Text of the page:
Switch (on paper), today’s world according to artists
Raphaëlle Giangreco: At the start of our conversation, you were saying that Switch (on Paper) was born out of a need to incorporate art in the real world. What does that actually mean?
Switch (on Paper): Every day, we meet people who think that art today is cut off from reality and that it is shut in a more-or-less merchant speculative bubble, governed by trends and reserved for the elite. Without adopting a populist stance, we want to show that many artistic works are, in fact, very much anchored in the real world and in society’s political, economic, anthropological and ethnographic reality. “Anchored” means being an active player in the world, not just a chic witness or observer, far removed from real events. Art doesn’t mean buying a good conscience through aesthetics. It can be a true commitment, or simply a way of being and living our times.
R.G.: You offer two editorial lines: investigations and chronicle content. What do they consist of and how do they complement each other?
S.o.P.: The “investigations” are texts we commission from authors (researchers, writers, artists and journalists) on specific topics on which they can throw a particular light. We call them “investigations” because we want them to be led in the same way as in-depth research, combining university and journalistic styles. “Chronicle” are web links we create with existing online content. But the two are intrinsically linked: the chronicle content also consists of research we conduct on the web and the investigations are tied to today’s.
R.G.: Should we consider Switch (on Paper) as a new art critique magazine?
S.o.P.: It depends on how you define “critique”. Art critique as we understand it, i.e. a patient and plural analysis of the facts, doesn’t exist, or at least is very rare. Conversely, we are invaded by a wave of sweeping judgements built on positive or negative reactions, à la TripAdvisor. The Internet has widely contributed to this overabundance of critique. Also, we’re not interested in critique that only focuses on art. We want to tackle a multitude of topics from multiple angles, whose only common denominator is art. We are also wary of the word “new”, as what’s new quickly becomes old. “New” suggests a need for urgency that we are intent on fleeing. We do not aim to revolutionize, invent or reinvent anything. We want to invite in a wide variety of voices to help us understand the world around us in the light of experience. We take full responsibility for our choices and independence…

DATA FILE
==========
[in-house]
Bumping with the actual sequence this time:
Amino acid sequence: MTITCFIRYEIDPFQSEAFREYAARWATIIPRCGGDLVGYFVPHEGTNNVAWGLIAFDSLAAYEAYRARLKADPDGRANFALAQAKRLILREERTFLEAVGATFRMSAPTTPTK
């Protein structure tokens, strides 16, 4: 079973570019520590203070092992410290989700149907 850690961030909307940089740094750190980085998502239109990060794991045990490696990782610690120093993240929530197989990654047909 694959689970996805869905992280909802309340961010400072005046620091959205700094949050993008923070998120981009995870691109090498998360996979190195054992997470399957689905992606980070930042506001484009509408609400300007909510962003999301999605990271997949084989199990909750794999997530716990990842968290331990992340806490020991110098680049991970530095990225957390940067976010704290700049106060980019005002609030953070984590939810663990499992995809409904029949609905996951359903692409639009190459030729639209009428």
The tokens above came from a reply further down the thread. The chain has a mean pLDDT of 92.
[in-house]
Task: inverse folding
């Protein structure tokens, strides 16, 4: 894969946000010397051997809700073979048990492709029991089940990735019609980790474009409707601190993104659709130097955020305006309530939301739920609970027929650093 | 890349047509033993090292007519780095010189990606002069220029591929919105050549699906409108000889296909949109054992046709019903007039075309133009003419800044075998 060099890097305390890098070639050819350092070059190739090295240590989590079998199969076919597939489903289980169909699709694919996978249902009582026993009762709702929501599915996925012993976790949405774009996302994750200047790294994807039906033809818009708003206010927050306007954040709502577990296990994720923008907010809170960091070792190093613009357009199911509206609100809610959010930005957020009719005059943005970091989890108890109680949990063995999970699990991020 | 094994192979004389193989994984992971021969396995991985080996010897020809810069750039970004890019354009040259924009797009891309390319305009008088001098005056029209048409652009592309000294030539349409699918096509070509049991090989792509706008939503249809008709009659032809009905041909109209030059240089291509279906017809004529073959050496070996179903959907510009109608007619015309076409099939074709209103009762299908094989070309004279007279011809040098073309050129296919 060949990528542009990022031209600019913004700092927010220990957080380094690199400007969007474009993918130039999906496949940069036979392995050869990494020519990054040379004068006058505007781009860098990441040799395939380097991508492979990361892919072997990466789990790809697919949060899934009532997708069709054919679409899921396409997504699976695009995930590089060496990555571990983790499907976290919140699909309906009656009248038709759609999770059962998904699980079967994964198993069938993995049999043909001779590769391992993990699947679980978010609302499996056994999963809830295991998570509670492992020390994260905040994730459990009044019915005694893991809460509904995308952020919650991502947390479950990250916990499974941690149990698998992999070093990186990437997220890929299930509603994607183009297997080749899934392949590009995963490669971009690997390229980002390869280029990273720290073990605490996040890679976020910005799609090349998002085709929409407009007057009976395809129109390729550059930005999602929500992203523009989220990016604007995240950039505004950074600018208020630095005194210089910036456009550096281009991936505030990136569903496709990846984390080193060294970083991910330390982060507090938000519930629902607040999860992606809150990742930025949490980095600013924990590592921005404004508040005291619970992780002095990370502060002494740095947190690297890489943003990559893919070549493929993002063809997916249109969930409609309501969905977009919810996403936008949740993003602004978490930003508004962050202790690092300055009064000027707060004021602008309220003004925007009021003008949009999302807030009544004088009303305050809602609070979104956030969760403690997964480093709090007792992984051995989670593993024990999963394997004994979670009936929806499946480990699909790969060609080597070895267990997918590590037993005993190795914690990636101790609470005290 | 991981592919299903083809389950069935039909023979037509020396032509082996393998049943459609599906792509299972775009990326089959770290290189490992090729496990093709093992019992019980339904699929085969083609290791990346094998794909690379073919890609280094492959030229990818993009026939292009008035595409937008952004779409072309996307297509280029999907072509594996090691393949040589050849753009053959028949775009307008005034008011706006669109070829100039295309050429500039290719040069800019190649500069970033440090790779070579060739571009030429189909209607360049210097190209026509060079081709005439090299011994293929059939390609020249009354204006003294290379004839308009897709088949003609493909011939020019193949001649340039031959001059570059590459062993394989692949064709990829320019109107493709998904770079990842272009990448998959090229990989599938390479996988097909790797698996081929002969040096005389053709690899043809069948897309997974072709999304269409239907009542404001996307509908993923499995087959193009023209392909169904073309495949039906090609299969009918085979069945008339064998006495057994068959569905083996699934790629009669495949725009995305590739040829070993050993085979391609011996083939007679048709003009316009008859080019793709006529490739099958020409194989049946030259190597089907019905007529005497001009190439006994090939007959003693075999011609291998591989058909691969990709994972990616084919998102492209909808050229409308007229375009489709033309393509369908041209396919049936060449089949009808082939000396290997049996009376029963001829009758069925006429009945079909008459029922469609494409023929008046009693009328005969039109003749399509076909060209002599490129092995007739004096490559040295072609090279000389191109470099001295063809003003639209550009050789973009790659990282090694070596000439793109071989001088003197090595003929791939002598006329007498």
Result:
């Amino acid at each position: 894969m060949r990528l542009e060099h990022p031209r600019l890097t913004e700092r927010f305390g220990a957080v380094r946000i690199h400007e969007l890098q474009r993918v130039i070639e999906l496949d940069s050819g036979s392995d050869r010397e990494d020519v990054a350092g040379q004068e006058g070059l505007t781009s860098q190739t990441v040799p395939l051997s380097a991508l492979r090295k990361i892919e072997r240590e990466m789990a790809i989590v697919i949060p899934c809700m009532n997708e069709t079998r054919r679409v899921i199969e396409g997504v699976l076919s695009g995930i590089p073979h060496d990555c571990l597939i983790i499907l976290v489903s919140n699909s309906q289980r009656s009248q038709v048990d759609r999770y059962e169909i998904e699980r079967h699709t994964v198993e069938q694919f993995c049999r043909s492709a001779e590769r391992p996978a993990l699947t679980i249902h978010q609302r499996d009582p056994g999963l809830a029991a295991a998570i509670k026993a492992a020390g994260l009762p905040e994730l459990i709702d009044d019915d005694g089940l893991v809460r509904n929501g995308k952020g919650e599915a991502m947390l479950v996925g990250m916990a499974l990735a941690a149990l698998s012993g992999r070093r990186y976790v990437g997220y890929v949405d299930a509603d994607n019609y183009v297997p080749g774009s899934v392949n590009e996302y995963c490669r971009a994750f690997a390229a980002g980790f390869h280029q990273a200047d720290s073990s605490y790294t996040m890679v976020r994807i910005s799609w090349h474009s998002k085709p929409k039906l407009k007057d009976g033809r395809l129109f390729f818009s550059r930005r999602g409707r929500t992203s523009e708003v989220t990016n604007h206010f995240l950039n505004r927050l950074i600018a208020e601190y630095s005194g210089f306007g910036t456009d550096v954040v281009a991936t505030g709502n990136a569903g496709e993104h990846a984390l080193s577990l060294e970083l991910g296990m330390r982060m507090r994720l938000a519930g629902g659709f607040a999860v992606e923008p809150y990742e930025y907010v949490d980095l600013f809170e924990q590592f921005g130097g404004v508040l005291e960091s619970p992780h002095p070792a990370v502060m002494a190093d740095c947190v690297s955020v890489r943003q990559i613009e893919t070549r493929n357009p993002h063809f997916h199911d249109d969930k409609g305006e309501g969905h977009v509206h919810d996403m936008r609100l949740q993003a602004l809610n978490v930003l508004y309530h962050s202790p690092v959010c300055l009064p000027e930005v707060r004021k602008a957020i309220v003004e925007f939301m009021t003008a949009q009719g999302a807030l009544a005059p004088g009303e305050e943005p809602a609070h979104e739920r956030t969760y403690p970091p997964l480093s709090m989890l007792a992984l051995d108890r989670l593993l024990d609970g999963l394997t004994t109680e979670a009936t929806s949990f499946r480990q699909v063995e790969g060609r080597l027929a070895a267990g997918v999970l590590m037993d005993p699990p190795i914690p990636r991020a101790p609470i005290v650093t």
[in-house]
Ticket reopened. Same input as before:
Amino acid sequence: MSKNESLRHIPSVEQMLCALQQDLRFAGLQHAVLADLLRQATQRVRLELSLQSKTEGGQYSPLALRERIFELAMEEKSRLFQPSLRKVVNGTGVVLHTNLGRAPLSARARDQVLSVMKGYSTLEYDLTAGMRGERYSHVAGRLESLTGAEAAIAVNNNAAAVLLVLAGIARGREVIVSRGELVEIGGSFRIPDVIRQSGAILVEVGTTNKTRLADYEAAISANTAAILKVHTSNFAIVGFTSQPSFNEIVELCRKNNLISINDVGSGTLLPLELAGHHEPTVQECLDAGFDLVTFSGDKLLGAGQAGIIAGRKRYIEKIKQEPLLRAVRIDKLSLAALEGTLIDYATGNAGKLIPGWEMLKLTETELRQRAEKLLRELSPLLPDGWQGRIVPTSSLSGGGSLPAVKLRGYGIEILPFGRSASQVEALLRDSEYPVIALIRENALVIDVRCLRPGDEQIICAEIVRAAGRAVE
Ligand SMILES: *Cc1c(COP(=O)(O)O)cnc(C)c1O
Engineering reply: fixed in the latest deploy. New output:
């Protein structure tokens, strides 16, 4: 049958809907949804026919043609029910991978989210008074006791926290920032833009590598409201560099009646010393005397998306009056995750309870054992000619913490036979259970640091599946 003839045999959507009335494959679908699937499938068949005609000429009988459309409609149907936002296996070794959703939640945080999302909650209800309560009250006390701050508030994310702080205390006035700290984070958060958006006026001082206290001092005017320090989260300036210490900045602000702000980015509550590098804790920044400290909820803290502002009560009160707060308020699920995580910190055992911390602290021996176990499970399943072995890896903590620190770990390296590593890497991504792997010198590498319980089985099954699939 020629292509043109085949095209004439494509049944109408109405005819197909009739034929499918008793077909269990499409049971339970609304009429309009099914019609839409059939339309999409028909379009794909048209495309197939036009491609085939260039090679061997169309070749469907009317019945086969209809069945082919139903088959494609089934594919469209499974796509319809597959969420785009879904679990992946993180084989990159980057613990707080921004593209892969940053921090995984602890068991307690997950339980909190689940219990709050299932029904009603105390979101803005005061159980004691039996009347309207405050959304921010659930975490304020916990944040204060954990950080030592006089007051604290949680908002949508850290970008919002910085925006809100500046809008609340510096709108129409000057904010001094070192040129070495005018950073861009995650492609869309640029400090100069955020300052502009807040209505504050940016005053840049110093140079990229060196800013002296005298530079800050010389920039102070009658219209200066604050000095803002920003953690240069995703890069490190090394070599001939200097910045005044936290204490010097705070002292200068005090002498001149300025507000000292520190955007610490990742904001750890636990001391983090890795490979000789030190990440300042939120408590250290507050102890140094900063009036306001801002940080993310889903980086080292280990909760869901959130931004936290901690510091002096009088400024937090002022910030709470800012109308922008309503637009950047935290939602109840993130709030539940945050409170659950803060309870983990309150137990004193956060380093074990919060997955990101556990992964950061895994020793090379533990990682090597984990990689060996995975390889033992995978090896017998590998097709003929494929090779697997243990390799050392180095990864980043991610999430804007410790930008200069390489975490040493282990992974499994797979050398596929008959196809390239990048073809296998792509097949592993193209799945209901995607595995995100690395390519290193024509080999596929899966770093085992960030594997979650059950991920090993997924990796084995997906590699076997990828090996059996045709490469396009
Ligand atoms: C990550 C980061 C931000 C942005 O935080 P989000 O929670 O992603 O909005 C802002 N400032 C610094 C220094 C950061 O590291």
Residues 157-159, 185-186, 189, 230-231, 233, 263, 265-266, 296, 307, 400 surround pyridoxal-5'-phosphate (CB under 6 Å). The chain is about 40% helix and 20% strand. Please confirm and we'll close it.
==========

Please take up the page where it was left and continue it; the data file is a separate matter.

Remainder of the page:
R.G.: Switch refers to the notion of switching on a light. But it also evokes switching over. Isn’t that a paradox? And what is the connection between Switch and Paper?
S.o.P.: Shining a light on today’s world doesn’t mean marrying it. In our opinion, modern-day art isn’t an answer, an end, a faith or a religion, but an issue we have trouble dealing with. We are not at ease with art, like many things in this world. But that doesn’t mean we should reject it outright. In fact, the art we refer to as contemporary perfectly embodies the complexities and paradoxes of our times. That’s what makes it truly contemporary. Becoming enlightened also means measuring what separates us from the facts and becoming aware of those distances. At that moment, we can switch our way of seeing things and change our point of view. As for the connection between Switch and Paper, there isn’t one. We like this oxymoron because it evokes an immaterial flow of energy – and paper brings thoughts and writing into being.
R.G.: Studying “the complexities and paradoxes of our times” sounds like a political project.
S.o.P.: Asserting our wish to highlight works anchored in social reality obviously makes us political. But we are wary of this term, which could rapidly be held up as a marketing tool. Too many works claim to be political when they are not, or only superficially so. The political dimension can be a decoy producing hollow talk intended to discredit the aesthetic content of a production. Handling political concepts requires an acute perception of the world and awareness of reality. It also requires a true commitment, to avoid hypocrisy. That is why we rely on works that are truly anchored in the world. Today, art suffers greatly from its associations with luxury, finance and bling aesthetics. We want to show something else, a different facet of art. That’s our political project.
R.G.: A lot of new magazines appear every day on the web. What makes you different?
S.o.P.: Our decision to produce often long and meticulous texts immediately differentiates us from the brevity in vogue on the web. We pay a lot of attention to ergonomics, to ensure that this approach against the tide is balanced by comfortable reading, a clear display, practical functionalities and fluid browsing. Going forward, Switch (on Paper) also aims to compile a genuine, qualified contemporary art database. The idea is to offer a tool that compiles and gives access to an abundance of high-quality information – guaranteed by our constant vigilance – capable of expanding exponentially. We want to develop a genuine specialist search engine and cooperate with a technological firm in the near future to design a dedicated algorithm. Lastly, Switch (on Paper) aims to become a meeting place for a community of readers and users with the same interests and questions on current-day art. We have incorporated a tool in the platform that allows people to comment or debate, but also get in contact with other community members, a bit like a micro artistic social network.
R.G.: How do you choose your investigations, chronicle content and authors? Have you set guidelines or drawn up specifications for text content?